Marine-derived polygalactofucan and its β -2-deoxy-amino-substituted glucopyranan composite attenuate 3-hydroxy-3-methylglutaryl-CoA reductase: prospective natural anti-dyslipidemic leads
The objective of the work was to develop the marine-derived polysaccharides attenuating 3-hydroxy-3-methylglutaryl-CoA reductase (HMGCR), and as prospective natural anti-dyslipidemic leads. Physical and chromatographic purification methods were used to isolate the polygalactofucan from the marine macroalgaSargassum wightii andβ-(2-deoxy)-amino-substituted glucopyrananan from a marine crustacean. Glycosidic linkage analysis by the process of methylation was used for structural elucidation of the polygalactofucan, and the methylated and partially methylated alditol acetates were characterized using extensive spectroscopic experiments. The polysaccharide composite constituting the titled polysaccharide motifs showed significant HMGCR inhibitory potential (IC90 0.12 mg mL−1) and an increase in HMG-CoA/mevalonate ratio (1.68 mg dL−1) compared with the high-fat diet (HFD)-treated animals (1.04 mg dL−1), which recognized its hypo-lipidemic efficacy. In vivo results demonstrated about 70% reduction in the triglyceride levels with the concomitant increase (~39%) of hepatic lipoprotein lipase (LPL) activity in the HFD-fed Wistar rats treated with 500 mg kg−1 body weight. The results illustrated the use of marine-derived polygalactofucan composite as potential anti-dyslipidemic agent.
CONCLUSIONS: The clinical polymorphism effectiveness outlined therein will be assured by diagnostic improvements suitable for driving treatment decisions. In light of our experimental results and literature data, the analysis of the SLCO1B1 T521C variant will allow clinicians to take advantage from a better treatment planned for their patients in order to minimize neuromuscular pain and maximize benefits. PMID: 31957862 [PubMed - in process]
No more effective than placebo; and their help with sleep problems might be short-lived as tolerance develops Related items fromOnMedica Statins of small and uncertain benefit in primary prevention Pharmacists could offer high-dose statins direct to patients UK research reveals racial inequalities in diabetes care Fund specialist dementia training to improve care and save money New evidence on benzodiazepine link to Alzheimer ’s
In this study, there was no increased risk of adverse outcomes (including muscle aches, liver dysfunction, new onset of diabetes, cancer, and bleeding strokes), even when LDL was lowered to as low as 20 mg/dL. Although statin medications themselves have been linked to side effects, especially at high doses, it appears that extremely low LDL concentrations are not responsible for side effects. In other words, lowering LDL beyond our previous target of 70 mg/dL appears to be not only safe but beneficial, in patients with CVD. The post LDL cholesterol: How low can you (safely) go? appeared first on Harvard Health Blog.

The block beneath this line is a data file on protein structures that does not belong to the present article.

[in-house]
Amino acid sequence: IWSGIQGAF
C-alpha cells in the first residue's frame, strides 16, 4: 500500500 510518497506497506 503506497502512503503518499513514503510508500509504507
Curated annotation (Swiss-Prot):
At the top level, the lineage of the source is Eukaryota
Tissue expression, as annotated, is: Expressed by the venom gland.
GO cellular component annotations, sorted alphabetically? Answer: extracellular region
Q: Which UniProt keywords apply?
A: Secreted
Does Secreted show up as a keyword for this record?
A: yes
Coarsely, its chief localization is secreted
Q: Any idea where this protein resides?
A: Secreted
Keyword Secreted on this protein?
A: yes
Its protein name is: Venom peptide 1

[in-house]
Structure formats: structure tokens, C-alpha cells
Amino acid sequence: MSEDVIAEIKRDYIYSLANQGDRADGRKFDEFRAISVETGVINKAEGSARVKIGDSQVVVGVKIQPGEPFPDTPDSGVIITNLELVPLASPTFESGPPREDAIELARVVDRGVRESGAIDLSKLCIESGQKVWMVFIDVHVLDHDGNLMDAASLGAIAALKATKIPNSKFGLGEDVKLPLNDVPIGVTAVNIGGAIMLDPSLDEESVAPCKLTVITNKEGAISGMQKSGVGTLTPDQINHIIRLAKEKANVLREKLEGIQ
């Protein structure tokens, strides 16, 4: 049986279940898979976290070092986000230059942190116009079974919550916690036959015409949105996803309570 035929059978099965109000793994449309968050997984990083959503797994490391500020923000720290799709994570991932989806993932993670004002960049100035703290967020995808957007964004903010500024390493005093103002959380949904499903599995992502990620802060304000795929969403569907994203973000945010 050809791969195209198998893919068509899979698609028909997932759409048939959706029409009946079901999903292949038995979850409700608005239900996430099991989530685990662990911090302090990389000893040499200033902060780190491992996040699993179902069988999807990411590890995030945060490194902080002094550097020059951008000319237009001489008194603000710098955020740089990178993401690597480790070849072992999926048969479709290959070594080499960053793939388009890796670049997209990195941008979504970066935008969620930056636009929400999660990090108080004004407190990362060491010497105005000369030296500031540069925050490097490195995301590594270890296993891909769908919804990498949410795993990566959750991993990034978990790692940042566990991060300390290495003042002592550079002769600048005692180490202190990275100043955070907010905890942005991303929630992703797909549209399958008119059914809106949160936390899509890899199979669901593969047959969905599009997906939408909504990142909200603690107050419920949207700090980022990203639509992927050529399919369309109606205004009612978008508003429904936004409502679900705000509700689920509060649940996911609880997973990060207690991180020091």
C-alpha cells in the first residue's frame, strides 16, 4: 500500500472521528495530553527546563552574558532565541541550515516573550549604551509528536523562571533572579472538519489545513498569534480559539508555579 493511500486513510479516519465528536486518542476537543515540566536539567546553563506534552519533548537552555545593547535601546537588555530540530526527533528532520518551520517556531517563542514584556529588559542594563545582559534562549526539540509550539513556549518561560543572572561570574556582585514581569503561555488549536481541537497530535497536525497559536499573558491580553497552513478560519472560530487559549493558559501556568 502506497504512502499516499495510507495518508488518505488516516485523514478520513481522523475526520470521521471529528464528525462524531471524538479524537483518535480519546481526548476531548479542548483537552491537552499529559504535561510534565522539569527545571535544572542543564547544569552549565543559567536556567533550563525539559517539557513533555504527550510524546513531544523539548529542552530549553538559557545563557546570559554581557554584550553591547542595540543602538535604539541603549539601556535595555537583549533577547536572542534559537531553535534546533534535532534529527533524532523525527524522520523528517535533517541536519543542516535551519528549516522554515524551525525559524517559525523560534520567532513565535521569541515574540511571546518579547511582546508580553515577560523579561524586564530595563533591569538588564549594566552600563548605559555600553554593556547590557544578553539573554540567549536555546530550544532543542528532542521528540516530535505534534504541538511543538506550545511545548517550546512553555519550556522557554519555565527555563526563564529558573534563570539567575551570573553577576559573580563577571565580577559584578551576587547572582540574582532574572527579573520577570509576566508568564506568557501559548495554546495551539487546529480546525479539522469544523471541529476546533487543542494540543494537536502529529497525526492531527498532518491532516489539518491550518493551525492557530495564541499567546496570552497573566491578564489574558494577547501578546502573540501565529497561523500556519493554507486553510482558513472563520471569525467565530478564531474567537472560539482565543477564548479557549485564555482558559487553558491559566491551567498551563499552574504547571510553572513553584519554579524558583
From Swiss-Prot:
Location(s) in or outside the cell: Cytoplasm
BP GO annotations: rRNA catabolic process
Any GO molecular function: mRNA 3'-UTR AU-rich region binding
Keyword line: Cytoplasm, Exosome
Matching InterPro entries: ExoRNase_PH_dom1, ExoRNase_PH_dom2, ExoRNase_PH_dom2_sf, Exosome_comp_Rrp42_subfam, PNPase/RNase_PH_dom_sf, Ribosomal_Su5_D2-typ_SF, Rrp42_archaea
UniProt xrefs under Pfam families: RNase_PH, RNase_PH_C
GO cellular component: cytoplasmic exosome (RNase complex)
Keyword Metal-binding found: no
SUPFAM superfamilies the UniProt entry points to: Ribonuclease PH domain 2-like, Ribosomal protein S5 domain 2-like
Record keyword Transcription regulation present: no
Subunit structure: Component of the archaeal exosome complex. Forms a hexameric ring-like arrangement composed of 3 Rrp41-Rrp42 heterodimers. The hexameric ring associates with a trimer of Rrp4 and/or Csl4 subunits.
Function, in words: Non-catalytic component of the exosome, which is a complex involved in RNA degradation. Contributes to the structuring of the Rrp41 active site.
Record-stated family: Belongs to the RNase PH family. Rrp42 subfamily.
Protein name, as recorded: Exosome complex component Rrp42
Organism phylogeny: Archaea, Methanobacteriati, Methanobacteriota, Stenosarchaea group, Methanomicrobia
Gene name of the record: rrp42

(Natural News) We’ve all had it drilled into our heads that high cholesterol is bad and bringing it down with statins can prevent a heart attack. However, that doesn’t explain why many people who take statins still end up developing cardiovascular disease. A recent study shows that there’s far more to the cardiovascular disease equation...
Study finds unequal dementia care Related items fromOnMedica Fund specialist dementia training to improve care and save money NHS care lets down 'far too many patients' Experts urge radical action on mental health crises CQC's State of Care report finds standards improving but warns of pressures Statins of small and uncertain benefit in primary prevention
CONCLUSION: HbA1c, hypertension, dyslipidemia and diabetic nephropathy are important risk factors for CVD in adults with type 1 diabetes. A longer follow-up is likely required to assess the impact of other traditional CVD risk factors on incident CVD in the current era. PMID: 31955209 [PubMed - as supplied by publisher]
DR MAX PEMBERTON: As a nation we've become enormously reliant on medication to manage our health and we happily reach for statins or blood pressure tablets.
ConclusionsMetformin can limit the development of atherosclerosis secondary to diabetes in young diabetic mice. A possible mechanism is the removal of methylglyoxal, thereby reducing the formation of advanced glycation endproducts, rather than by lowering the blood glucose level.FundingThis work was supported by the National Natural Science Foundation of China (81901106) and Jinan clinical medical science and technology innovation plan (201907002).
In this study, we reviewed in-vitro and in-vivo studies, as well as clinical reports pertaining to the antifungal efficacy of statins. In addition, we have addressed various modulators of statin anti-fungal activity and the potential mechanisms responsible for their anti-fungal effects. In general, statins do possess anti-fungal activity, targeting a broad spectrum of fungal organisms including human opportunistic pathogens such as Candida spp. and Zygomycetes, Dermatophytes, alimentary toxigenic species such as Aspergillus spp., and fungi found in device implants such as Saccharomyces cerevisiae. Statins have been shown t...